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National Science Foundation HomeNational Science Foundation - Directorate for Geological Sciences (GEO)
Polar Programs (PLR)
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Division of Polar Programs

Antarctic Infrastructure and Logistics (AIL)
Frequently Asked Question about the U.S. Antarctic Program
U.S. Antarctic Environmental Policy
President's Memordanum Regarding Antarctica (Memorandum 6646, February 1982)
U.S. Policy on Private Expeditions to Antarctica
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bullet McMurdo Station
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GEO Organizations
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Polar Programs (POLAR)
Polar Programs Organizations
Antarctic Sciences (ANT)
Arctic Sciences (ARC)
Antarctic Infrastructure and Logistics (AIL)
Polar Environment, Safety and Health (PESH)
U.S. Antarctic Program sites
USAP.gov — The U.S. Antarctic Program web portal
PolarIce (USAP Science Support Website)
USAP Marine Operations Services
Antarctic Treaty sites
U.S. Annual Report to the Antarctic Treaty
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LC-130 Hercules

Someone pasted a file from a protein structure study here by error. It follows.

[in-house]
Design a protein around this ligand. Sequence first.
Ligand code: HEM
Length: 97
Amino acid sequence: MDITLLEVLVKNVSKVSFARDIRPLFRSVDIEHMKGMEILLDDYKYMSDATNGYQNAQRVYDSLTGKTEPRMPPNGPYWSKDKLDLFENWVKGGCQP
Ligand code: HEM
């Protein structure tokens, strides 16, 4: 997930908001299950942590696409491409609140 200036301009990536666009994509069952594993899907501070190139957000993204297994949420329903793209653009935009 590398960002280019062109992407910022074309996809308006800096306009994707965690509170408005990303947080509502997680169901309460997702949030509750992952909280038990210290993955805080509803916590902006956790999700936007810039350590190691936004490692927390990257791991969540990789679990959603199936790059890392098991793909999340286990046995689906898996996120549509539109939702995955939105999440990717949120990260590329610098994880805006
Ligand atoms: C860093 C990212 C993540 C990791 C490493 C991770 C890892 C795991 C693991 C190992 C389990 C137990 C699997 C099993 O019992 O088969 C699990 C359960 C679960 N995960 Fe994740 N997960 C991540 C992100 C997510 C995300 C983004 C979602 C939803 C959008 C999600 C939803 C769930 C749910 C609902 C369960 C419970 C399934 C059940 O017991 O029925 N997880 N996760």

LC-130 airplanes near McMurdo Station

LC-130 airplanes near McMurdo Station.
more pictures of LC-130 Hercules

This four-engine turboprop transport airplane, the backbone of U.S. transportation within Antarctica, provides much of the air service between McMurdo Station and New Zealand. The LC-130 is the polar version of the familiar C-130 cargo plane; its major unique feature is the ski-equipped landing gear, which enables operation on snow or ice surfaces throughout Antarctica. The plane also has wheels for landings on prepared hard surfaces. It was introduced to the Antarctic program in 1960; the National Science Foundation's fleet numbers six, operated by the U.S. Air National Guard.

The plane has a cargo area of 12 by 3 by 3 meters. It can, as an example, carry 12,200 kilograms of people and/or cargo from McMurdo to South Pole (728 nautical miles or 840 statue miles), then return to McMurdo without refueling. It cruises at 275 knots. Wingspan is 40 meters; length overall, 30 meters.


Cargo being off-loaded from an LC-130



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